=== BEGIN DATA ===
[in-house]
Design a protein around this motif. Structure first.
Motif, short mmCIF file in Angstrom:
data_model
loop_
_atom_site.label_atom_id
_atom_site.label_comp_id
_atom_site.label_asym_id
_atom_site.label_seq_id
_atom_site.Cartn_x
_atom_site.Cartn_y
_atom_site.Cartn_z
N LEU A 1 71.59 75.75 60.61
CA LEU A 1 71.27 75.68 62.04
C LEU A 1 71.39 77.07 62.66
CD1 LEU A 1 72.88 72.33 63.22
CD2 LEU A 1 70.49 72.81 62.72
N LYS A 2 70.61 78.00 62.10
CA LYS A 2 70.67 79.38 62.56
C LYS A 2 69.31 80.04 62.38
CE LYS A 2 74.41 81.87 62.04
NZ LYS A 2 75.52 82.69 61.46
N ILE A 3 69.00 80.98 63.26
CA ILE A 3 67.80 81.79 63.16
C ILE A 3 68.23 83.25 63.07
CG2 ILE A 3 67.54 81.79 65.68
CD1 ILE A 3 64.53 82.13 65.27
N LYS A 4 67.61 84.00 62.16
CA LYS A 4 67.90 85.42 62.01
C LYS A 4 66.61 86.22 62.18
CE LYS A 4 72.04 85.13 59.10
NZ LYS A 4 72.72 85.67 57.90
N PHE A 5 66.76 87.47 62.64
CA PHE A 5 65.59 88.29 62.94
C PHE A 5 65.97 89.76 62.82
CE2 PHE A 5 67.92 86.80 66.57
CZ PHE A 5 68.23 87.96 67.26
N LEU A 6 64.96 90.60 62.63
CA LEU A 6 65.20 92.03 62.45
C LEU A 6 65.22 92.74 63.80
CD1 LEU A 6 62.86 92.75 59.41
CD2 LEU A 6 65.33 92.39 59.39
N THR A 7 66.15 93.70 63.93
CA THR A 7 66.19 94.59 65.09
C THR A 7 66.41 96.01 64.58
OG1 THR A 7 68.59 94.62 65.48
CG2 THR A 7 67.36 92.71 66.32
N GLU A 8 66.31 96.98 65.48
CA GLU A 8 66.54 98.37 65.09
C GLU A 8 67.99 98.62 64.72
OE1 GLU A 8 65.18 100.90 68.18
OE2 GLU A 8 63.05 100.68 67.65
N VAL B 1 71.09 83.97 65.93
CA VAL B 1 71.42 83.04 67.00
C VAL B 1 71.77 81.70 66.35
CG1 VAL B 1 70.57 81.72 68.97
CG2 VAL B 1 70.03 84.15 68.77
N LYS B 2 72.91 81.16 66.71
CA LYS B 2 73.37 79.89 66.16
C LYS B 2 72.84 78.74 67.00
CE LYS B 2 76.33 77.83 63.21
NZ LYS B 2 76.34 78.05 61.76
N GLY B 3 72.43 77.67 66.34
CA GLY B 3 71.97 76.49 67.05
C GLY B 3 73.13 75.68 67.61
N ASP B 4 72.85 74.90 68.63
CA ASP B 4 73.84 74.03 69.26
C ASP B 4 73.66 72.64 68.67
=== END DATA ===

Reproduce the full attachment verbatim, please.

[in-house]
Design a protein around this motif. Structure first.
Motif, short mmCIF file in Angstrom:
data_model
loop_
_atom_site.label_atom_id
_atom_site.label_comp_id
_atom_site.label_asym_id
_atom_site.label_seq_id
_atom_site.Cartn_x
_atom_site.Cartn_y
_atom_site.Cartn_z
N LEU A 1 71.59 75.75 60.61
CA LEU A 1 71.27 75.68 62.04
C LEU A 1 71.39 77.07 62.66
CD1 LEU A 1 72.88 72.33 63.22
CD2 LEU A 1 70.49 72.81 62.72
N LYS A 2 70.61 78.00 62.10
CA LYS A 2 70.67 79.38 62.56
C LYS A 2 69.31 80.04 62.38
CE LYS A 2 74.41 81.87 62.04
NZ LYS A 2 75.52 82.69 61.46
N ILE A 3 69.00 80.98 63.26
CA ILE A 3 67.80 81.79 63.16
C ILE A 3 68.23 83.25 63.07
CG2 ILE A 3 67.54 81.79 65.68
CD1 ILE A 3 64.53 82.13 65.27
N LYS A 4 67.61 84.00 62.16
CA LYS A 4 67.90 85.42 62.01
C LYS A 4 66.61 86.22 62.18
CE LYS A 4 72.04 85.13 59.10
NZ LYS A 4 72.72 85.67 57.90
N PHE A 5 66.76 87.47 62.64
CA PHE A 5 65.59 88.29 62.94
C PHE A 5 65.97 89.76 62.82
CE2 PHE A 5 67.92 86.80 66.57
CZ PHE A 5 68.23 87.96 67.26
N LEU A 6 64.96 90.60 62.63
CA LEU A 6 65.20 92.03 62.45
C LEU A 6 65.22 92.74 63.80
CD1 LEU A 6 62.86 92.75 59.41
CD2 LEU A 6 65.33 92.39 59.39
N THR A 7 66.15 93.70 63.93
CA THR A 7 66.19 94.59 65.09
C THR A 7 66.41 96.01 64.58
OG1 THR A 7 68.59 94.62 65.48
CG2 THR A 7 67.36 92.71 66.32
N GLU A 8 66.31 96.98 65.48
CA GLU A 8 66.54 98.37 65.09
C GLU A 8 67.99 98.62 64.72
OE1 GLU A 8 65.18 100.90 68.18
OE2 GLU A 8 63.05 100.68 67.65
N VAL B 1 71.09 83.97 65.93
CA VAL B 1 71.42 83.04 67.00
C VAL B 1 71.77 81.70 66.35
CG1 VAL B 1 70.57 81.72 68.97
CG2 VAL B 1 70.03 84.15 68.77
N LYS B 2 72.91 81.16 66.71
CA LYS B 2 73.37 79.89 66.16
C LYS B 2 72.84 78.74 67.00
CE LYS B 2 76.33 77.83 63.21
NZ LYS B 2 76.34 78.05 61.76
N GLY B 3 72.43 77.67 66.34
CA GLY B 3 71.97 76.49 67.05
C GLY B 3 73.13 75.68 67.61
N ASP B 4 72.85 74.90 68.63
CA ASP B 4 73.84 74.03 69.26
C ASP B 4 73.66 72.64 68.67